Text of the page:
Gavin Puszczalowskyi worked in a biscuit factory for seven years from the age of 17. For six of those seven years he volunteered at various radio stations, clocking up around 59 hours a week, before his bit on the side materialised as a job. Now he’s a presenter and manager of The Pips, his current bit on the side, a website devoted to helping people get into radio. Essentially, Gavin is a master of bits on the side. 

How did you balance the biscuit factory and the radio presenting? 

I worked with people who had been doing the same job for twenty years and didn’t think they could do anything else, so it gave me a constant determination to aim high, pick a spot on the horizon and work towards it. It was really tiring though- I lived in Sheffield but travelled to Nottingham as that had the best hospital radio channels. 

How did the factory deal with your bit on the side?

It caused one or two concerns at the biscuit factory but i quite simply didn’t give up on my dream.  They started to put me on split shifts which I couldn’t do because I wouldn’t have been able to do the radio. They said “well you’ve got employment here and the radio is just voluntary stuff” and I told them the voluntary stuff will lead to a career, but I don’t think they quite believed it was achievable. 

How did you get into radio initially? 

I had a friend working at Trent FM and, when Brian Harvey was attacked in Nottingham, I texted my friend jokingly asking if it was him who did it. He texted back saying no, thankfully, but he invited me down for a coffee. It was late, I had work in the morning but I did go. I sat in on his show, then he kept inviting me back until I ended up being part of the furniture. It was the contacts I made at that station that got me my job. If I hadn’t texted him – or if Brian Harvey hadn’t been attacked – I might not have got into radio. 

Did you apply for lots of jobs while working at the factory?

I sent demos. Peak FM, where I ended up working, said no to me a number of times, but I just improved. I worked hard at hospital radio, student radio, regional licensed radio stations that pop up for four weeks broadcasted from somebody’s garage, then disappear. I also worked behind the scenes at Trent FM (now Capital).

When did you get your first paid job?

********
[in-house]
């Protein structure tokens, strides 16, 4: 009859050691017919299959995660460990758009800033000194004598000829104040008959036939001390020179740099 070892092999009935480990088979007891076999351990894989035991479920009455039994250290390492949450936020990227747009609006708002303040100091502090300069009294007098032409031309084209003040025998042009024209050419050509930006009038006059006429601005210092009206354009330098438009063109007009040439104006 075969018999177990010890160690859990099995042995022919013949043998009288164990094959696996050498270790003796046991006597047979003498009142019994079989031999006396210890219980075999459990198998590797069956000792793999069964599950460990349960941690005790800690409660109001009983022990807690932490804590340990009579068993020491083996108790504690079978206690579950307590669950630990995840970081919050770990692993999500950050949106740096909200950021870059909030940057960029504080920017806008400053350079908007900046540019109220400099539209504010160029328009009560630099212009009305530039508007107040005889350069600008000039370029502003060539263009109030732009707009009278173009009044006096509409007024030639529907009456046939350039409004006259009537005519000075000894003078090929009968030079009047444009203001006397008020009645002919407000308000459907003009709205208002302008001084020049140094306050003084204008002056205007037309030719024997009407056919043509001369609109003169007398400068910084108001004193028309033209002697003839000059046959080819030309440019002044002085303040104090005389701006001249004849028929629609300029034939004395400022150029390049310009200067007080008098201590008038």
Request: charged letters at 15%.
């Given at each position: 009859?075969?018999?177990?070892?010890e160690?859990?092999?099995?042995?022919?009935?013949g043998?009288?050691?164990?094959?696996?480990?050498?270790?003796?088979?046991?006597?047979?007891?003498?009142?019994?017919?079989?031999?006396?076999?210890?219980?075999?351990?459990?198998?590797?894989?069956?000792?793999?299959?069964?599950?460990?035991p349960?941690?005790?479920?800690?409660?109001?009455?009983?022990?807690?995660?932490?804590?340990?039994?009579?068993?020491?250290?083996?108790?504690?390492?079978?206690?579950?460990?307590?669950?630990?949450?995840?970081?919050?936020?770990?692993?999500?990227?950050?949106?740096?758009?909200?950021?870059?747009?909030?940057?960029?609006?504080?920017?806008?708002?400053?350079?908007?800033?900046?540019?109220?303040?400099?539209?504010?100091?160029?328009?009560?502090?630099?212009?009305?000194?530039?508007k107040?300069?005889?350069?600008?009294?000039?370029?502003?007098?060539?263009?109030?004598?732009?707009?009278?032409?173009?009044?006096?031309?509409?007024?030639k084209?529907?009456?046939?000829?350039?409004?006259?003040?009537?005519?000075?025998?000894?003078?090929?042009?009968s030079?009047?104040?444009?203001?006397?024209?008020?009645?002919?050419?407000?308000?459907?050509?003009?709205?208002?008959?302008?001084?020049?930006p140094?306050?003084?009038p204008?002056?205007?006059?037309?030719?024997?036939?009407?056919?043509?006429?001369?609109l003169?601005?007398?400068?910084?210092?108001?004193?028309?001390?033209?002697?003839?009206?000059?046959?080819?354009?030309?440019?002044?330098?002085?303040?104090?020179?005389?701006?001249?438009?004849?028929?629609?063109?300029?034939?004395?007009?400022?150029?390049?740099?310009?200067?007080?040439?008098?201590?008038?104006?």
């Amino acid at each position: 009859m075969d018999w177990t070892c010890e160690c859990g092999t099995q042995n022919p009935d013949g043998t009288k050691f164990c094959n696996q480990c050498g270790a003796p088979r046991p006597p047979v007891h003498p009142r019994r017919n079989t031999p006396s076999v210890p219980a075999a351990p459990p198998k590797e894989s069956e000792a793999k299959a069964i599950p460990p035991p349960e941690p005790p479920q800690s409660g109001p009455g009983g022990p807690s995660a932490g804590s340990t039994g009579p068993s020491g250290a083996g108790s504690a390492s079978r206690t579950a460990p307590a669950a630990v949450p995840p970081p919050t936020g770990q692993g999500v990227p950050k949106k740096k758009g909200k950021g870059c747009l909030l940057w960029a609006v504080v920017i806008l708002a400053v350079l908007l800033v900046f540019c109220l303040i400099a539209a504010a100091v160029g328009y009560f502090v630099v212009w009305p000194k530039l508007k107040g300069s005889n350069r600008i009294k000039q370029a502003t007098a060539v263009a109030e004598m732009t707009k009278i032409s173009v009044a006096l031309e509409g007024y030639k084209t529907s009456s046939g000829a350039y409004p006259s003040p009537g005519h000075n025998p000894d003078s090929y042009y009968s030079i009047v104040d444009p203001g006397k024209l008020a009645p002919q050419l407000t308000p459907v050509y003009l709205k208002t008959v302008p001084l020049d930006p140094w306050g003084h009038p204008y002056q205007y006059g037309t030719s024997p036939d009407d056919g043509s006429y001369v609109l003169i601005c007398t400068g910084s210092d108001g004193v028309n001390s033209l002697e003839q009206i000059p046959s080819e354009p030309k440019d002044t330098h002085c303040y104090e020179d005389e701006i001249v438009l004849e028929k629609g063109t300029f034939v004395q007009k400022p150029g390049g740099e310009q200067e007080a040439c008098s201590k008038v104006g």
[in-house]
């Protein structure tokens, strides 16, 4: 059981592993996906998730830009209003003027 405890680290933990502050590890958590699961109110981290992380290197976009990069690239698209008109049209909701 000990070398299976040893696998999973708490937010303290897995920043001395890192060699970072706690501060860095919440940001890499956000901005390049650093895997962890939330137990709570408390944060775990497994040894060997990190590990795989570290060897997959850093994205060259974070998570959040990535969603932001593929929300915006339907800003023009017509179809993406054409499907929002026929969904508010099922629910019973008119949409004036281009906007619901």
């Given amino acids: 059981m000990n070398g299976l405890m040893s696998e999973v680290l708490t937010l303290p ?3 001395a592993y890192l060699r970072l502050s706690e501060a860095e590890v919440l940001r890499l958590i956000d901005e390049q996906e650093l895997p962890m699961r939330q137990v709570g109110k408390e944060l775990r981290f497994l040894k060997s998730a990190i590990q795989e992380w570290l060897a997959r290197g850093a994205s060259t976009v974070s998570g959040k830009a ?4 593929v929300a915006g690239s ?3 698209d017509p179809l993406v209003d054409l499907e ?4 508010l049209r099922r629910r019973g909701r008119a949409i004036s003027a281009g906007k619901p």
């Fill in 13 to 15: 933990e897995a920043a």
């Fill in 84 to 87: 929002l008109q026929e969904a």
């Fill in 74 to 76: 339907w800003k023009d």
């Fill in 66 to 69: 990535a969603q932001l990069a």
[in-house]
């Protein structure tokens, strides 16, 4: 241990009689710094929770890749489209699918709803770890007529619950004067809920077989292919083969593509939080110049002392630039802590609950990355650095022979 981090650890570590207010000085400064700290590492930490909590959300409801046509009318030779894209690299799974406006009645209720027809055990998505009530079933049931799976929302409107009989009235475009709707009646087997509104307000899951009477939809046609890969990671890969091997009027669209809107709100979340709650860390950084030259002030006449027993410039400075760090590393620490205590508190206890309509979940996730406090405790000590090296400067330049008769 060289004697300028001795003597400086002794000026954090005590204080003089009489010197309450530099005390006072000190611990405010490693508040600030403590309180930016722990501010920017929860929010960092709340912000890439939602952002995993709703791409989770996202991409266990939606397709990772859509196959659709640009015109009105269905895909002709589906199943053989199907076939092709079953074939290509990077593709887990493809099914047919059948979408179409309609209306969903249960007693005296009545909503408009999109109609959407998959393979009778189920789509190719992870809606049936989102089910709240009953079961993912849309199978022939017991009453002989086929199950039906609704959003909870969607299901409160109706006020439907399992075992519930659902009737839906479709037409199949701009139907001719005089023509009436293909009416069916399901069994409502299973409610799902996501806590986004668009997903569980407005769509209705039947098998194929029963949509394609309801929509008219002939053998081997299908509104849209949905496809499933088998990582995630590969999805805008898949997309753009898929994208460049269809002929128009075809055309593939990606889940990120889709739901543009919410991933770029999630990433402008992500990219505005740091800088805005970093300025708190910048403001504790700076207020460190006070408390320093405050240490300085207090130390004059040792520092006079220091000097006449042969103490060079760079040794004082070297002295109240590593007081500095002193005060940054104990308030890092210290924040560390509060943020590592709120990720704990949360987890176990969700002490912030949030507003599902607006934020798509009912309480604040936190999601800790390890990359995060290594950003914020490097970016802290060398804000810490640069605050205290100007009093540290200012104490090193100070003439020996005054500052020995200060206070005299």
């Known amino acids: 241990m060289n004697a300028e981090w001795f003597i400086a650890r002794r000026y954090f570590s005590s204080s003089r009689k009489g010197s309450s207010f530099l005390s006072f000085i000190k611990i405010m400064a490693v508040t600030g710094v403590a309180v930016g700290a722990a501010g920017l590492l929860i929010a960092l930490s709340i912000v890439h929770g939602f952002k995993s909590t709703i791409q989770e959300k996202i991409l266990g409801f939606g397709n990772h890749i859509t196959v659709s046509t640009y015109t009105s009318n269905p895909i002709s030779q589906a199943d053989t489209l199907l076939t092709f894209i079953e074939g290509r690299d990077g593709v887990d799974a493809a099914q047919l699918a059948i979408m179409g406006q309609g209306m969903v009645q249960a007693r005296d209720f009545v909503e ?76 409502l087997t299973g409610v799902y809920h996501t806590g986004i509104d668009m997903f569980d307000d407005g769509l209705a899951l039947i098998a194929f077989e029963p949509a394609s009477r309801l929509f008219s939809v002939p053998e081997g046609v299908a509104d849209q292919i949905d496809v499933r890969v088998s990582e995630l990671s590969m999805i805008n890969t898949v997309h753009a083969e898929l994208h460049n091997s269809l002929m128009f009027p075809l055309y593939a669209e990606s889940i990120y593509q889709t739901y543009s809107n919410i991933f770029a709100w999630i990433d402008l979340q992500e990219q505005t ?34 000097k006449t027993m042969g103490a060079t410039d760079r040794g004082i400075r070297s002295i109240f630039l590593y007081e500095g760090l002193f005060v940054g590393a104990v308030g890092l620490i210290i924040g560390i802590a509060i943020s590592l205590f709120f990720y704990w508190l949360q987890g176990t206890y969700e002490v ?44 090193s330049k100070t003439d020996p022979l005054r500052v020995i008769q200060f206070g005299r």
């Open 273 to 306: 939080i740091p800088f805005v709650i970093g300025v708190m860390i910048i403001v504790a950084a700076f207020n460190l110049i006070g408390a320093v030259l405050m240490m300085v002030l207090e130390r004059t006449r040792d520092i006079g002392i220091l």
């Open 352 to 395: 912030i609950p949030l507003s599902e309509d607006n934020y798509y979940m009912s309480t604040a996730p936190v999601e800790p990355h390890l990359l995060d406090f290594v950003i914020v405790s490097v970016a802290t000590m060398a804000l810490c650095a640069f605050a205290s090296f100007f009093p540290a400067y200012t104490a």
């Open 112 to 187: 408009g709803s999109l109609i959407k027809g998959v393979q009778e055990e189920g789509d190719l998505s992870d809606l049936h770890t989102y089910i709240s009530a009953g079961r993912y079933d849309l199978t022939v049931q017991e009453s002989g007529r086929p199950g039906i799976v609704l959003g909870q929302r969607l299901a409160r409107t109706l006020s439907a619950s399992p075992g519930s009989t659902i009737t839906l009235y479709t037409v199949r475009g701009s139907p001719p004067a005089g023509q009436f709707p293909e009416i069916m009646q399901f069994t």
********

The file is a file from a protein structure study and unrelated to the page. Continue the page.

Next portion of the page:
In April 2003 I got the Saturday breakfast slot on Peak FM, so for five days a week I was in a factory then at the weekend I was a professional radio presenter. There were four months of two worlds clashing. I skipped around like I was a member of the Von Trapp family. Two years later, I got headhunted and was on a breakfast show at what is now called Heart FM in Gloucester. Then years later I decided to set up The Pips website.

How did you fund it? 

I started work at BBC Radio Manchester and got talking to someone else at the BBC on a night out. I told them the idea, but didn’t pitch it, and she liked it so much she decided to invest 15% of the money. That started in 2009. We did a lot of research but decided we didn’t want loads of money, we wanted to put people first and be credible and reliable: but you do have overheads. We don’t charge £400 for an afternoon of radio training, we wanted it to be realistic. £4 a month subscription is do-able for students, and unemployed people… and that’s why we are, I think, the number one place for people wishing to go into radio.

How much time do you devote to presenting and The Pips? 

50-50. I get up at 4.30am on a Saturday and 6.30am on Sunday to do the Peak radio breakfast show. Then four days a week I work for William Hill radio, which is the best job I’ve ever had. So much fun. The rest of the time is devoted to The Pips, which doesn’t feel like hard graft because I once worked in a biscuit factory! The people there didn’t believe I could do it, but I proved them wrong. That’s a great feeling, and I love my job. If I can do it, anyone can. 

Any tips for people wishing to get into radio? 

1. Don’t give up. Never ever. You’ll get a lot of setbacks and rejection, nobody decides they want to work in radio and does it straight away. I got rejected from my local radio station numerous times, they told me I wasn’t good enough, now I’ve given them them the best figures they’ve ever had for drivetime and Saturday breakfast. People can be wrong, but it’s up to you to prove them wrong. We have this saying “persistence mixed with a little luck will eventually bring you an opportunity.” If you keep going, you will get an opportunity and it’s up to you whether you take advantage of it. 

2. Find contacts and work them. Does your local radio station know you exist? If not, you’re never going to catch their attention. Send them a demo tape. Just be yourself, show them what you can do, don’t pretend to be someone else. I know what got me into radio: it’s because I’m a very normal, relatable guy. The person who listened to my demo connected to me, not Chris Moyles or Simon Mayo. I don’t consider myself to be a radio presenter, but a normal bloke who’s just on the radio. 

3. Work hard to get into radio; if you get a chance, work harder to stay there. A lot of people get an opportunity and when it comes along, they think the job is done. Half the job is getting onto the radio, the other half is staying there. It’s going to test you every stretch of the way and you can never rest on your laurels. I meet people who do every day of the week, and for every single radio presenter doing a show on a  commercial radio station, imagine 500 people queuing outside the door wanting to take that gig. 

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